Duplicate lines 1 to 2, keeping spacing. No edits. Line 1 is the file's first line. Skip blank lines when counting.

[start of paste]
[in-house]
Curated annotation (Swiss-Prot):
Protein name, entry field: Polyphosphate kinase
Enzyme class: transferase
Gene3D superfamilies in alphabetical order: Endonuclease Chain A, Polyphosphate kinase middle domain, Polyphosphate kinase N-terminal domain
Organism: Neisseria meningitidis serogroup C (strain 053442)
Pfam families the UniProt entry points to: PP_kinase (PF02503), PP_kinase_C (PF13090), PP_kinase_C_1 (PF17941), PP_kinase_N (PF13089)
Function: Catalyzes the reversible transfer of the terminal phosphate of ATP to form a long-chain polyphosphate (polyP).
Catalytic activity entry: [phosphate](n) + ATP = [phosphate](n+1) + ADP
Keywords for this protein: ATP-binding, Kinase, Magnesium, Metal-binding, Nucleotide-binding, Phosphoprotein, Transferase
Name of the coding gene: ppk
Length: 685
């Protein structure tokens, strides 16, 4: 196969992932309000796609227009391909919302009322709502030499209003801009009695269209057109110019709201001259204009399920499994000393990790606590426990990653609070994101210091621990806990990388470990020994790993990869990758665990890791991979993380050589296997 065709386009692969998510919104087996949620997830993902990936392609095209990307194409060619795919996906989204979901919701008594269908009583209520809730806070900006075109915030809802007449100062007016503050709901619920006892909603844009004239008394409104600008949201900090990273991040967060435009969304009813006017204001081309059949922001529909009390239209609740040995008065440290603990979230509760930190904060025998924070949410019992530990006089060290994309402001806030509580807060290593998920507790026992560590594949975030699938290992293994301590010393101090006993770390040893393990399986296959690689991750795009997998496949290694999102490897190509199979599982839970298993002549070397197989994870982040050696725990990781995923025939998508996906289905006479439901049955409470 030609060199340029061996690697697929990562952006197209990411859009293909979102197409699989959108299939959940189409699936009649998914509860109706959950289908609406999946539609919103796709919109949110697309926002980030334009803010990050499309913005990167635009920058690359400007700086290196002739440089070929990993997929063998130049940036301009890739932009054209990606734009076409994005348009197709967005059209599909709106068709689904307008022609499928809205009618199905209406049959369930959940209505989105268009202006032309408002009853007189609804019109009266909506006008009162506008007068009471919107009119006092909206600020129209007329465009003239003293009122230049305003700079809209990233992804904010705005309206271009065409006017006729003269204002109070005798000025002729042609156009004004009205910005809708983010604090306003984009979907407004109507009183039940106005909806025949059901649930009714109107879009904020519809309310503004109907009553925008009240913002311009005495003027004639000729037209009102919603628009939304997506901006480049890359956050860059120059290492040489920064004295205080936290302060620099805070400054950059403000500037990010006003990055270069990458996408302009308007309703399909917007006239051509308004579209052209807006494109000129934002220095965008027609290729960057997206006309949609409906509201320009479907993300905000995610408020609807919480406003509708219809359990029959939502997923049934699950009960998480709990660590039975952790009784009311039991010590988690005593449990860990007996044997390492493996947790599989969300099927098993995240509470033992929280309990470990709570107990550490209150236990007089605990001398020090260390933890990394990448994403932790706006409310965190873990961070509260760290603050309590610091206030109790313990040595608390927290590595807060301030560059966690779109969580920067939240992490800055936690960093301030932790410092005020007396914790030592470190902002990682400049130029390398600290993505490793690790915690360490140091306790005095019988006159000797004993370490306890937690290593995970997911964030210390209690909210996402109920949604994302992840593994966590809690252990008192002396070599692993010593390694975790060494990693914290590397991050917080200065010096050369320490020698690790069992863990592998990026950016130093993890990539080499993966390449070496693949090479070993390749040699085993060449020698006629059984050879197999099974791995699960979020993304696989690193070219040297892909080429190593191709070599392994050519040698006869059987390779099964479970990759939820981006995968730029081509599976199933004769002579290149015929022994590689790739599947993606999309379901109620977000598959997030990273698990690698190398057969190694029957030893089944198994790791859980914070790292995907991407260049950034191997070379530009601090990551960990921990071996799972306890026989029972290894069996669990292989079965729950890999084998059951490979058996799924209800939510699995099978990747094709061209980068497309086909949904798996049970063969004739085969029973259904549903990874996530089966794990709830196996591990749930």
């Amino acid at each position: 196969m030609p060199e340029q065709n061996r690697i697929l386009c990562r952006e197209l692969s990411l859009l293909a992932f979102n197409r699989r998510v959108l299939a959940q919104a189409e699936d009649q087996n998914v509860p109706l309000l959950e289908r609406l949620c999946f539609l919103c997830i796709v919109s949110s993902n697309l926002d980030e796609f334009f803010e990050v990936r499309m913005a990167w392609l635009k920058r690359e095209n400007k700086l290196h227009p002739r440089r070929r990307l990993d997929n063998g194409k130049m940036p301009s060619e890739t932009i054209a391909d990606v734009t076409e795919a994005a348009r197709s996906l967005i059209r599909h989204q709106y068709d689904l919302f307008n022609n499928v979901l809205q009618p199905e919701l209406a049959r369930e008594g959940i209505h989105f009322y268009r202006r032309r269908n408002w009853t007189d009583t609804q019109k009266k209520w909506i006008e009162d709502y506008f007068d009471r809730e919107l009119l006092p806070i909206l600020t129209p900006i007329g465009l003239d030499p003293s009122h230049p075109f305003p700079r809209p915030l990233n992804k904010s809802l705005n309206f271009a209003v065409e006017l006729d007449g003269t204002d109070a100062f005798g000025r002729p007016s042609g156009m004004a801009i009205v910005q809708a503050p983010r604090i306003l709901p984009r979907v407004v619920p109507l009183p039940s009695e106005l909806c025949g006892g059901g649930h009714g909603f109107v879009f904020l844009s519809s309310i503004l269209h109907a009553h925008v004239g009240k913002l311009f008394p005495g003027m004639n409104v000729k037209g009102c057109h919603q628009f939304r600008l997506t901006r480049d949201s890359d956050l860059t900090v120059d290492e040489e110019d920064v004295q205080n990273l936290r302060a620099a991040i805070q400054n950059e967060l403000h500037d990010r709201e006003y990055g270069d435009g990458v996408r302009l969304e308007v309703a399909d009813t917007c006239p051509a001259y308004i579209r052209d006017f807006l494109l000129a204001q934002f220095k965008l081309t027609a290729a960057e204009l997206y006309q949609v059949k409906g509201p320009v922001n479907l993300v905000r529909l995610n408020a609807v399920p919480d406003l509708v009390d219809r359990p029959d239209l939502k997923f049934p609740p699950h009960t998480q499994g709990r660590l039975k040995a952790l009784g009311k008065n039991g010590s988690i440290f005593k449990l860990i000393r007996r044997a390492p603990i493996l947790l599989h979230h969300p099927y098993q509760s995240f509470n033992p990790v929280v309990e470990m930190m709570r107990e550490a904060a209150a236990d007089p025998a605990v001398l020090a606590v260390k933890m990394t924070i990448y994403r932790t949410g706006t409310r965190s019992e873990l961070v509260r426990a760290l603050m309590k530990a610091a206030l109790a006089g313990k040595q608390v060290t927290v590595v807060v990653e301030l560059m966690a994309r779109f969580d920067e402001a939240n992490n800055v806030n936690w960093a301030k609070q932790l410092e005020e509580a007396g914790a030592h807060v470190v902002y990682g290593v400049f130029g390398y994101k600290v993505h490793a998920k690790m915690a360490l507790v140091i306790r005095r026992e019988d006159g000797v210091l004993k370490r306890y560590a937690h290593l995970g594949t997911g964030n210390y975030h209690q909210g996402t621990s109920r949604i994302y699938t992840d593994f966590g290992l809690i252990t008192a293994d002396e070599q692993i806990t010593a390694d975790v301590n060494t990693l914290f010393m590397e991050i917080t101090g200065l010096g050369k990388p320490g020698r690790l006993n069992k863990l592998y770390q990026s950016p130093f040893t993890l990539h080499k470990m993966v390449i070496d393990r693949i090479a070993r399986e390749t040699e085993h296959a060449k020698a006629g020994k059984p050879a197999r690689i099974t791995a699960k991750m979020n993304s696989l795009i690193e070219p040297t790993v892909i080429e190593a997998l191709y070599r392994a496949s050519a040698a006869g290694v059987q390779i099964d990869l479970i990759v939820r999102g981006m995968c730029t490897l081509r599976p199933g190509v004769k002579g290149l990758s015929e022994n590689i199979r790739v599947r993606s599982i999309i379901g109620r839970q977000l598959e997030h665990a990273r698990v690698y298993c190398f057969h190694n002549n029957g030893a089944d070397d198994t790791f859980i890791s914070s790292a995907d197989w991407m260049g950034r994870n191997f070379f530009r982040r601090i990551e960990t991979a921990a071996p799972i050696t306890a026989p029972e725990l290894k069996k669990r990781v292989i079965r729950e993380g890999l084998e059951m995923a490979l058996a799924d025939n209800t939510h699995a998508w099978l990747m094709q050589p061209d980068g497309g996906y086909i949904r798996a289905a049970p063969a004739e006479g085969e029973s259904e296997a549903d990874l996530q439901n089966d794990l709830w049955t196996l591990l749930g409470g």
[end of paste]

[in-house]
Curated annotation (Swiss-Prot):